It was the sort of thing my dad did except my dad put on his best face in the public for appearances’ sake (we did too, even if we were fearful). In the car, in a private room, or at home, he would do things like this. It breaks the child’s spirit. This is psychological abuse. It takes a few years for children to be thoroughly broken, because young children expect their parents to be parents, and keep trying again, like this kid did, but soon they will soon learn to walk on eggshells for fear of accidentally “setting” dad (or mom) off again.
That’s not to say that dad never was a father. He did sometimes do what fathers should do. Read books, play catch, and so on. Sometimes he was almost…normal. We relished those times. We knew it wouldn’t last, that in a couple of hours or the next day he would be what we described as “tense”, and then he would blow up again. By “tense,” I mean that he was very irritable, and you just knew his emotions was like a rubber band slowly being stretched out until it snaps irrationally.
After my mother died, my home was no longer a safe place. Oh, there was the house but inside it was my father – a ticking time bomb, anything could trigger him off. It has taken me most of my life trying to get over the feeling of being in danger, the constant hyper vigilance which was part of my psyche is slowly fading away. I no longer look at people and try to decipher what they are thinking and feeling so that I can react in a way that would not offend them. I no longer feel like a puppet having my strings pulled by someone else.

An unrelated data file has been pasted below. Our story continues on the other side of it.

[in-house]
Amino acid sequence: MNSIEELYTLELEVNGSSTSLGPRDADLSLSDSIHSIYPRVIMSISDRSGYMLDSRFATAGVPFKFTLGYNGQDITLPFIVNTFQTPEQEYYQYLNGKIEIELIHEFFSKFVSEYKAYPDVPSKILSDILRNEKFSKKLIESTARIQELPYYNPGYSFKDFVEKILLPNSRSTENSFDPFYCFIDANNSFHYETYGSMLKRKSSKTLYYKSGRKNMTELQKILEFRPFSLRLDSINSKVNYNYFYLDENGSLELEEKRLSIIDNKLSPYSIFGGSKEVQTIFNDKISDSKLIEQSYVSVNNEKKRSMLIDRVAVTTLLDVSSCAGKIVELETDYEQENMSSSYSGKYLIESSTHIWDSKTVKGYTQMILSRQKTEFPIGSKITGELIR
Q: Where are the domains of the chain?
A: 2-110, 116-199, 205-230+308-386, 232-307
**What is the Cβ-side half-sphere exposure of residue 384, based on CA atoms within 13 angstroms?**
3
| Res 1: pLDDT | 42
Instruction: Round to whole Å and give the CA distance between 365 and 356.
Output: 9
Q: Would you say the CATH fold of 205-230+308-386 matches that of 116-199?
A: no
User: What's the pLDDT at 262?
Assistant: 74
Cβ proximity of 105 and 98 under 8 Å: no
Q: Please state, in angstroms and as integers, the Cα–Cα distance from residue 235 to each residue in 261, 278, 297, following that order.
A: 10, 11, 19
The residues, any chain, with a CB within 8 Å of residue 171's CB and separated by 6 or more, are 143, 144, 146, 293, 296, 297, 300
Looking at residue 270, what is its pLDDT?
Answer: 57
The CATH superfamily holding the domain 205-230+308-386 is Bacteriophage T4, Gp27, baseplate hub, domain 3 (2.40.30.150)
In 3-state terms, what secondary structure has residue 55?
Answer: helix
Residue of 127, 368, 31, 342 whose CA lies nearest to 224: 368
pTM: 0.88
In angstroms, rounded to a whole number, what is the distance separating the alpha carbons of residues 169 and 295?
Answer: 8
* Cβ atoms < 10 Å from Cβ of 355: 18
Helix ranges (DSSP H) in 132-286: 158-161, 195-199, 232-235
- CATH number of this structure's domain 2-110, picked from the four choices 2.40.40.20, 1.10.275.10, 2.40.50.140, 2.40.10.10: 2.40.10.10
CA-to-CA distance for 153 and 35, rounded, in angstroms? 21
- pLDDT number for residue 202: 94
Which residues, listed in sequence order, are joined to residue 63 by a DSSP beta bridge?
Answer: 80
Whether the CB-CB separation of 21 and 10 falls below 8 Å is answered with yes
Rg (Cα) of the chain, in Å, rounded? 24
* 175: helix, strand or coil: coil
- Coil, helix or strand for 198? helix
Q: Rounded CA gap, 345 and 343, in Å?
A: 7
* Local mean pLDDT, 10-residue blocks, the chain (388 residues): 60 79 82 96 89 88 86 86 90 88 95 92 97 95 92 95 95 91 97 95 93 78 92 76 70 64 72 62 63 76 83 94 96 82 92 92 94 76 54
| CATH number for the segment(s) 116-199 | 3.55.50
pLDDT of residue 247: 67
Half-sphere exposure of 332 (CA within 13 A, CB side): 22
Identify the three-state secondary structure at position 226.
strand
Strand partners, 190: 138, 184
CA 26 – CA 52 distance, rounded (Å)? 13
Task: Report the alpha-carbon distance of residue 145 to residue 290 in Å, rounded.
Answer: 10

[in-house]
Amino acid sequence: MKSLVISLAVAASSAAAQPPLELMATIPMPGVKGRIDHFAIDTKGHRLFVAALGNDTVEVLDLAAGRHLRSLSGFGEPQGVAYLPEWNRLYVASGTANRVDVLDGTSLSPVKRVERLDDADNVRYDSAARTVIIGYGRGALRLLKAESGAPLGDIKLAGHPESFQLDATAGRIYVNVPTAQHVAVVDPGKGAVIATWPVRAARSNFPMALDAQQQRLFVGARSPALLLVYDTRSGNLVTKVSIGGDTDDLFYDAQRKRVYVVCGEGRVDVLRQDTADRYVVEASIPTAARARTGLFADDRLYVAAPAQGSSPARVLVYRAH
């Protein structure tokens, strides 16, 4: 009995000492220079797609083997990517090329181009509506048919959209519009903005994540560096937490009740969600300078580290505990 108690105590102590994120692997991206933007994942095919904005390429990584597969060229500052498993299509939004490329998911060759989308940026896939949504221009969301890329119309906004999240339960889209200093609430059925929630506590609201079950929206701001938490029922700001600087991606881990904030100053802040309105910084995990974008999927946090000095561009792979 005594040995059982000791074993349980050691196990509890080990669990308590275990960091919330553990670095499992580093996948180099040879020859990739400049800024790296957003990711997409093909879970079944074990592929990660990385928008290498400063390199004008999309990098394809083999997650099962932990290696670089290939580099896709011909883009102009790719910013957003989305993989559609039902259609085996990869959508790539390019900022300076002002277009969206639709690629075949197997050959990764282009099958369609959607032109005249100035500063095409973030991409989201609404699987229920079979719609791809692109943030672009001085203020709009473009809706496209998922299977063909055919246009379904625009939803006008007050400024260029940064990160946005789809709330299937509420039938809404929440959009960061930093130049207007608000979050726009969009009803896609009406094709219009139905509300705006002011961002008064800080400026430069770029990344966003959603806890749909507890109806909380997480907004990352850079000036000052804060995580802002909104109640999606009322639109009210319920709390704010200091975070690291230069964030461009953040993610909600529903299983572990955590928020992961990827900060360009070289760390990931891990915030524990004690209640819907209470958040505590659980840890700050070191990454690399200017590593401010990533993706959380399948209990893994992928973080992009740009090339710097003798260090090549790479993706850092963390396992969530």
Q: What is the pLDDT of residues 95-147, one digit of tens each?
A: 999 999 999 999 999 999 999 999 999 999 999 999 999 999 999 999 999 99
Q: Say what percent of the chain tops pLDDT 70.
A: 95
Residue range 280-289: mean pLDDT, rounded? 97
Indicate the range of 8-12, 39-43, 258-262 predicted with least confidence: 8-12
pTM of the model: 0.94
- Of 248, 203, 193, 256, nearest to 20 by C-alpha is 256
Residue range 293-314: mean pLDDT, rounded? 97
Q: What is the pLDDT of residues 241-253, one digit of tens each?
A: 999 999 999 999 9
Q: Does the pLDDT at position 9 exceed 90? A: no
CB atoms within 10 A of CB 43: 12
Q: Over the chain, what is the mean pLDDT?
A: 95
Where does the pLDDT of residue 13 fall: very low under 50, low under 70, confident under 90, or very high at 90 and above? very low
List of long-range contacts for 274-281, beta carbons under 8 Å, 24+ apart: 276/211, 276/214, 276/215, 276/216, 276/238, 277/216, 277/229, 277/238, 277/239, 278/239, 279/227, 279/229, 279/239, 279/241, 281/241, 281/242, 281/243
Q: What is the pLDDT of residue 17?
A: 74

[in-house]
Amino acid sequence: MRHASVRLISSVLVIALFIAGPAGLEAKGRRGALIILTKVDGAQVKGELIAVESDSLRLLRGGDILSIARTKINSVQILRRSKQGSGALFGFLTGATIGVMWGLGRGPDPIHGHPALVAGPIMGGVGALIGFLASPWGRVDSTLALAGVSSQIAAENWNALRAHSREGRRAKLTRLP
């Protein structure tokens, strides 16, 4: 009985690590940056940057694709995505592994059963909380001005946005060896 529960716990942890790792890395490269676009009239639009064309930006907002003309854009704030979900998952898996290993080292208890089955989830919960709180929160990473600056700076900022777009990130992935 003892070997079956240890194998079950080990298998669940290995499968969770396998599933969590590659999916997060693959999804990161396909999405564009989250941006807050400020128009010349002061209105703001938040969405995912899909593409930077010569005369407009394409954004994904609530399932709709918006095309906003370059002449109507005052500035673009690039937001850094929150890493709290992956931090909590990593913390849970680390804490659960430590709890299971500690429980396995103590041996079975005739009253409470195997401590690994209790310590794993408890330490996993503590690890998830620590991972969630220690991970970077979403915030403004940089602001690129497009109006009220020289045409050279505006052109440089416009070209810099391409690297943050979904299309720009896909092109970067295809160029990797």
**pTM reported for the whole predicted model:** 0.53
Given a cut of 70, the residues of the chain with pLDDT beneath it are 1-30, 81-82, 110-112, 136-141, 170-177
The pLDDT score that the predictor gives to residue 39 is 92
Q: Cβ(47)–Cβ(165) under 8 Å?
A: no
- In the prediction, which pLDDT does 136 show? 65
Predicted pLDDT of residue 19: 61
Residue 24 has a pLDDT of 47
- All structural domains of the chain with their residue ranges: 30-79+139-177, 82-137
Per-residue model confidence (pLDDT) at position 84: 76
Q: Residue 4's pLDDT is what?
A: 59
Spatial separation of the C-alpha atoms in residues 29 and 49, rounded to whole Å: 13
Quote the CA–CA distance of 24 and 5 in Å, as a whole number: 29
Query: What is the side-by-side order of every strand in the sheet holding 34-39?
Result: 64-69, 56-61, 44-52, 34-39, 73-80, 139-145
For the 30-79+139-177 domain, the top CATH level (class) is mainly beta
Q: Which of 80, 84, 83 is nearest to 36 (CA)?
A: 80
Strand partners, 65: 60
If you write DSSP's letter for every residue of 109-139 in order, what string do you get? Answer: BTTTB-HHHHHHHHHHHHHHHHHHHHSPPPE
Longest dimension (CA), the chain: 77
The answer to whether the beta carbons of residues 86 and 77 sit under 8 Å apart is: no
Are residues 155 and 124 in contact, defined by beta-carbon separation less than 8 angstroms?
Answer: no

The need for a safe haven and proximity maintenance are never completely outgrown in our lives This is the core of our emotional homeostasis. When parents and children share a deep limbic resonance, of physical contact and emotional attunement, a child will never have to experience anxiety and depression. Deep down they know that somewhere there is a safe haven.The only way to provide this legacy for our kids is to ensure that we make our homes a place where our children feel safe and certain – of their little worlds. That can be achieved only if we as parents are emotionally stable. Yes, the greatest gifts a parent can give her/his child is safety and consistency.
The world’s first scientifically tested song to make babies happy – Love how the mothers and children attune to each other